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  • Next Steps for A-122

    After picking up my A-122, I had to wait a considerable amount of time as the area techs were busy. Good for them! I finally had one come to the house and after looking at the organ, based on all the issues, I decided to go forward with a new TrekII pre-amp and a rebuilt power amp to begin the process. At the time, there was a hum, a lot of static and 16 of the 36 drawbar wires were off the back of the drawbar. I wanted to at least have a solid clean power supply and then identify any other issues.

    The tech came up recently and spent 6 hours at the house installing the trek II, the new rebuilt power amp, reattaching the drawbar wires, and performing basic maintenance to the 1964 organ. It had not been run for the past 7-10 years but it was a one owner organ and never left the spot it was placed in in 1965 until it came to my house. The cabinet, bench and pedals are in mint condition.

    I have her original paperwork and maintenance records and the organ underwent a bus bar cleaning and lube in 1997. The pedals sound fantastic, the power supply is now clean with no hums, pops or static.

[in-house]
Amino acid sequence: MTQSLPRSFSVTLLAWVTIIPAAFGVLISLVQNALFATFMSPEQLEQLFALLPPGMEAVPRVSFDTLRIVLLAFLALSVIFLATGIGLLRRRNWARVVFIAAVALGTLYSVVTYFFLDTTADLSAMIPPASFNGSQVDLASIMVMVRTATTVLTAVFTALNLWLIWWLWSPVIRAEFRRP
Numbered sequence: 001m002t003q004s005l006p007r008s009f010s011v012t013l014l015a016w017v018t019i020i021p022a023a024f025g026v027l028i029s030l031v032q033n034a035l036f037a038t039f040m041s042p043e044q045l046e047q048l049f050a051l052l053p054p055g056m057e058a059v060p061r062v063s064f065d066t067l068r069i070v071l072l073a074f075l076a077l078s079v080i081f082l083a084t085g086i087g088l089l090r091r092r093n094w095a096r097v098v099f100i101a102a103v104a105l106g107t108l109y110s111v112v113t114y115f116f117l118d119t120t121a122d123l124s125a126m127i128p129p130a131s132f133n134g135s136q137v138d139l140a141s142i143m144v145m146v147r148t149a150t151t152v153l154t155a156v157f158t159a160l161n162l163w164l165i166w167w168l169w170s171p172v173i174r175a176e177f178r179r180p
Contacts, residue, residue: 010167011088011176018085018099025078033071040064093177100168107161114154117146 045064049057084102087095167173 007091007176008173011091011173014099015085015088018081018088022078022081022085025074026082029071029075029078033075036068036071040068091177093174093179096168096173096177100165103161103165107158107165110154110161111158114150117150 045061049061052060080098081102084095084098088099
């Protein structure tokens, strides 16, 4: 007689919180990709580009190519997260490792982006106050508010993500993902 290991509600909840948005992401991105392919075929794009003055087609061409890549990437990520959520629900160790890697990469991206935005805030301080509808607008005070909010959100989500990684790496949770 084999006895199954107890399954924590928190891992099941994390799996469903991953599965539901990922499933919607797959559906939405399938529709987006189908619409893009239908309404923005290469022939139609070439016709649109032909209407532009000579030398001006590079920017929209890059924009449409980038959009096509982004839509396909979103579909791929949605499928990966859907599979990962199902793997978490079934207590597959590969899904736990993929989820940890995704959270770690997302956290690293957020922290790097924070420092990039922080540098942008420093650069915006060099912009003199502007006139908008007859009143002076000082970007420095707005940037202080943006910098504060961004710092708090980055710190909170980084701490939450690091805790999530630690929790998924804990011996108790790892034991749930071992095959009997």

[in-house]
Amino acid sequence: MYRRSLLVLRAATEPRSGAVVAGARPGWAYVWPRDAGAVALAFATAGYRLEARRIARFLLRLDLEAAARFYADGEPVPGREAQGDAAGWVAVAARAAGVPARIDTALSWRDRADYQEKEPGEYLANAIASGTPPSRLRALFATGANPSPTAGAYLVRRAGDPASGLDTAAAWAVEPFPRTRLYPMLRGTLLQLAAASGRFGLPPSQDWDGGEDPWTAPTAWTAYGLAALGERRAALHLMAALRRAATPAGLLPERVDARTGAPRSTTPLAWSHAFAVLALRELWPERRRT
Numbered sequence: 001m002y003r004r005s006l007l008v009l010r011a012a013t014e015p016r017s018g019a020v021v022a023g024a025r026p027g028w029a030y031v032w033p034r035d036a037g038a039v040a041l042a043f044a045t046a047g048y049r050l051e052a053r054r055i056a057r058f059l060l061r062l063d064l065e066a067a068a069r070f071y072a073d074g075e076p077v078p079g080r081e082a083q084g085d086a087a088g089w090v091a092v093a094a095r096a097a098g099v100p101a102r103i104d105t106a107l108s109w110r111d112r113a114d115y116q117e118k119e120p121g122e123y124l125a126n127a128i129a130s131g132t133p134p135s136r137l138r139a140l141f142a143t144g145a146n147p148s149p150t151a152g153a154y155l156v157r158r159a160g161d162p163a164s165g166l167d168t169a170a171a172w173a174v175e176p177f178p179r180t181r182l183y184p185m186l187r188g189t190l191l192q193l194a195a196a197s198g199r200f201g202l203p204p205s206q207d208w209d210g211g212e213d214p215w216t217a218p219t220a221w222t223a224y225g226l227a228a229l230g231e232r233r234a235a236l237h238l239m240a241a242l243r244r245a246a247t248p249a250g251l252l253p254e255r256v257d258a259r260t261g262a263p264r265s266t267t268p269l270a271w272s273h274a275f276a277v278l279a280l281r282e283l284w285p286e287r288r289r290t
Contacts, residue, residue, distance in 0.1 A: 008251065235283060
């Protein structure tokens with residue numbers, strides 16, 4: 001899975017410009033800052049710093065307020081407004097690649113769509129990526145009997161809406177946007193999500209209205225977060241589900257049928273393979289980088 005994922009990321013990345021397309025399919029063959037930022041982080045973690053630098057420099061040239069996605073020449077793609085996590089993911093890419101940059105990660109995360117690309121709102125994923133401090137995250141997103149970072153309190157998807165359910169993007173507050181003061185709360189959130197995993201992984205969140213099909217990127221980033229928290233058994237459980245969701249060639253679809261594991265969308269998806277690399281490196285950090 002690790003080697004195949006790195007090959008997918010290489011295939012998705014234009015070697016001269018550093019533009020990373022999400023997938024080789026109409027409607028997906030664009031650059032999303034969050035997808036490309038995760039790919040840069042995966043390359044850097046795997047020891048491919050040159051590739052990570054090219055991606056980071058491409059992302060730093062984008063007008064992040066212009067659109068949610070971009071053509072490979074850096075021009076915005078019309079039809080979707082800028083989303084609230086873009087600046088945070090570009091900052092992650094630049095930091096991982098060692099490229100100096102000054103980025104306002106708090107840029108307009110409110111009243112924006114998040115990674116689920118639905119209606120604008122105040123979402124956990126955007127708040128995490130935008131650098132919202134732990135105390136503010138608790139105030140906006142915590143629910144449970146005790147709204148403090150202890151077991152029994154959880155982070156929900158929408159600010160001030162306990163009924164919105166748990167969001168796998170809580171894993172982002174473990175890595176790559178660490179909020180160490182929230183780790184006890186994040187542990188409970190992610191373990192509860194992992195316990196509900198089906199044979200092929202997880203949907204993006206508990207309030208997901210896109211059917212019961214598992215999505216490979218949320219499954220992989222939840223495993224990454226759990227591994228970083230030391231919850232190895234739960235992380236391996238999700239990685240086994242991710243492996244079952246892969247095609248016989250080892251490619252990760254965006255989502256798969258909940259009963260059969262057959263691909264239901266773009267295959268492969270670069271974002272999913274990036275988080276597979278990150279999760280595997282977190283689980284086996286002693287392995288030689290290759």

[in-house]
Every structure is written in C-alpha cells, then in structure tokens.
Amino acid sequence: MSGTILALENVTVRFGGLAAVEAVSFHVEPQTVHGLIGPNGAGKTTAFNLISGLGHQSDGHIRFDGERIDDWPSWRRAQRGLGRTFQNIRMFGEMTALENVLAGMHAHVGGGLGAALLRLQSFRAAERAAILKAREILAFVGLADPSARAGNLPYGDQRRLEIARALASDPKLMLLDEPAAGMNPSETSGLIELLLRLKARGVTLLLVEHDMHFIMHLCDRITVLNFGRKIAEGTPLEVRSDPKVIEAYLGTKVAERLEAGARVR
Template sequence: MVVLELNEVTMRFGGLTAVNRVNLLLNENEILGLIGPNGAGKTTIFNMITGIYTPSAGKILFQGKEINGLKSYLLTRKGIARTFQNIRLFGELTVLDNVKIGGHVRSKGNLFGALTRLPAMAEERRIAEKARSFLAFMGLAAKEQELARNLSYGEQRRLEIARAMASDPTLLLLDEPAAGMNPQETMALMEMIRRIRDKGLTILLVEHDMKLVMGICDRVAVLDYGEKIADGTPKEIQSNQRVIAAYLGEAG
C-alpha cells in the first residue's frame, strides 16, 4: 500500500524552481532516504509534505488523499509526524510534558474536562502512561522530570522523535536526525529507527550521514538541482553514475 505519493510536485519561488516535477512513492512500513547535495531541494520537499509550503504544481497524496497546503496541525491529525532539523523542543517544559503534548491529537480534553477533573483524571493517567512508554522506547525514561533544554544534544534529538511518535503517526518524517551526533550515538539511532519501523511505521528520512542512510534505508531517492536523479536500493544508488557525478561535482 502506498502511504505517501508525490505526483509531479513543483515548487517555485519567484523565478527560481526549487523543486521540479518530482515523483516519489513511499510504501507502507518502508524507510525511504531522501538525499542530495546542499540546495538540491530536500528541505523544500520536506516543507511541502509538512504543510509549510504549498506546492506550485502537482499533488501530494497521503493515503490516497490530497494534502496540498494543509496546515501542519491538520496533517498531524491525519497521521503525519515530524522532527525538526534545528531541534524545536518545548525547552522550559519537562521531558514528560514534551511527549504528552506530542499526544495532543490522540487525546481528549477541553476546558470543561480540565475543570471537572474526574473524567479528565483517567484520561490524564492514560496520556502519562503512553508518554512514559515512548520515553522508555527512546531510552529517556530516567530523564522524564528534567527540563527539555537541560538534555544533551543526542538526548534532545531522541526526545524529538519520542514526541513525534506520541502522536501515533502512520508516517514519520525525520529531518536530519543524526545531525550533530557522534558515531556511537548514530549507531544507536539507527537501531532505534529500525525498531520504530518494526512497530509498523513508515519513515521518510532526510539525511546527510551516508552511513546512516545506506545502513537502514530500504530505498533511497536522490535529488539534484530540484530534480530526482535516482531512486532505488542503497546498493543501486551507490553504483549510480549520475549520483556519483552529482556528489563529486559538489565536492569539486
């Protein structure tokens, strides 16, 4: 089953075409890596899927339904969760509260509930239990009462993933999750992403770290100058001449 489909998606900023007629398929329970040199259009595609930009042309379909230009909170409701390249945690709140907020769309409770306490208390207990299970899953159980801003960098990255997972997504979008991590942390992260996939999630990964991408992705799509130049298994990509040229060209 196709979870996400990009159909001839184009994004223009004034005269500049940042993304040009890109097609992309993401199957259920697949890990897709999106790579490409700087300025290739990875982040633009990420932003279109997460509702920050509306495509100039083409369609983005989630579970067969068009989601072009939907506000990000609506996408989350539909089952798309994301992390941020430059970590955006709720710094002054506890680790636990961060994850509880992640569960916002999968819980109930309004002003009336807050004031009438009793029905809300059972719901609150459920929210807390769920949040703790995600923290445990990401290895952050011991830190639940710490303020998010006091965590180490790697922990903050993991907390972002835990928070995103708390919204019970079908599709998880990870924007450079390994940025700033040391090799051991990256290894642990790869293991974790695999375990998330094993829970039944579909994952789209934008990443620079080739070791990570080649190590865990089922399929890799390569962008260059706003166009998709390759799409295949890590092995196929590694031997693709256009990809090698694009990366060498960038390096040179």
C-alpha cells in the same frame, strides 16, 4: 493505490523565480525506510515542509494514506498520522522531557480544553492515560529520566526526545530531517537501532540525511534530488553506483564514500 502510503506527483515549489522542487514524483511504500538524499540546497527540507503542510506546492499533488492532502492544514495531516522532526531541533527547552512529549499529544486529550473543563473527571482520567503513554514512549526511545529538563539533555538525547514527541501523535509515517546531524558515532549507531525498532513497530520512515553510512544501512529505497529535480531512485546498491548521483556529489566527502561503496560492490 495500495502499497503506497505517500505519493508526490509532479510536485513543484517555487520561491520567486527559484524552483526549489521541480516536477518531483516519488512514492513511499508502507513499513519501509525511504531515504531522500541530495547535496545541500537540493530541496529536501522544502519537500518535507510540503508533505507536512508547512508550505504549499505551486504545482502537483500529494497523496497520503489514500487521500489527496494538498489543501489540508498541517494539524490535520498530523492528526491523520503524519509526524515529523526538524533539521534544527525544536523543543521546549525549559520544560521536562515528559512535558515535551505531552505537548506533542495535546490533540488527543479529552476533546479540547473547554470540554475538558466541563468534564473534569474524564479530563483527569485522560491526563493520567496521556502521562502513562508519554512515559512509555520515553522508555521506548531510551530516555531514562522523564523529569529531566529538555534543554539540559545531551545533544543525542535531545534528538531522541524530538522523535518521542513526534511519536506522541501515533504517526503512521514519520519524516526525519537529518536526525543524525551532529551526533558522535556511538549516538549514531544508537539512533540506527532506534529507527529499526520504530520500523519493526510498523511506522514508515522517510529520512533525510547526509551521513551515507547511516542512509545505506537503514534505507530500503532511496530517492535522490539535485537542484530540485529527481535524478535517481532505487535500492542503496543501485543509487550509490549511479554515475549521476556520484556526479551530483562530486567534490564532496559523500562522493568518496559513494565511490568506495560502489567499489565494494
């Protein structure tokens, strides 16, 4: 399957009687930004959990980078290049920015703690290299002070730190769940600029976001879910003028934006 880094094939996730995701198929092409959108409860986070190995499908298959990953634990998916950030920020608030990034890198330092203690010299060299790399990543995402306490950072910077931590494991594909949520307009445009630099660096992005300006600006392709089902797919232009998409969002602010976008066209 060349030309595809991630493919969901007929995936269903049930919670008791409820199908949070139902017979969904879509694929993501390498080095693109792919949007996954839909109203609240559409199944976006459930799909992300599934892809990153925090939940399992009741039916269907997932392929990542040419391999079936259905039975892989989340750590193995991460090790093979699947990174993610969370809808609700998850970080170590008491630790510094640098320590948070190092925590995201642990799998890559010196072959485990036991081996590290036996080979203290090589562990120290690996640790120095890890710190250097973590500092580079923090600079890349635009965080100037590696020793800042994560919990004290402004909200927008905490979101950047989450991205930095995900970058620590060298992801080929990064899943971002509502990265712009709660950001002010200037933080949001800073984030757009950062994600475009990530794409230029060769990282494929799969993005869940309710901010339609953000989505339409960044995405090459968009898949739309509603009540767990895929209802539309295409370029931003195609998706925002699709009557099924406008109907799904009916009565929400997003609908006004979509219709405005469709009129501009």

Every draw bar works and a tone is present on every key, however, some notes are weak and when depressed cutout and make a static type noise. Its pretty wide spread especially in the higher keys on the manuals, although some bass notes cutout as well. If a press harder and wiggle the keys, which have very little play, the sound comes in and out. It seems as if its a key contact issue.Both manuals do it. I went and tried a bus bar shift on the lower manual only per the A-100 Hammond specs. No real change. Sometimes it sounds very good, other times, the breaking up is very noticeable. I also played each note hard about 50 times and some keys cleared up

    So what would be the logical next step?A bus bar cleaning? I find that a tad odd seeing it had one in 1997 already and the organ has been meticulously kept in one spot and played sparingly over the years. I have yet to get in and clean the drawbars properly as in like bob man's video. I was wondering if this could have any impact on the situation.

    I would appreciate any suggestions or comments. The tech that worked on the organ said to play it for awhile and see if it gets better. He also indicated he doesn't do bus bar cleanings. :-(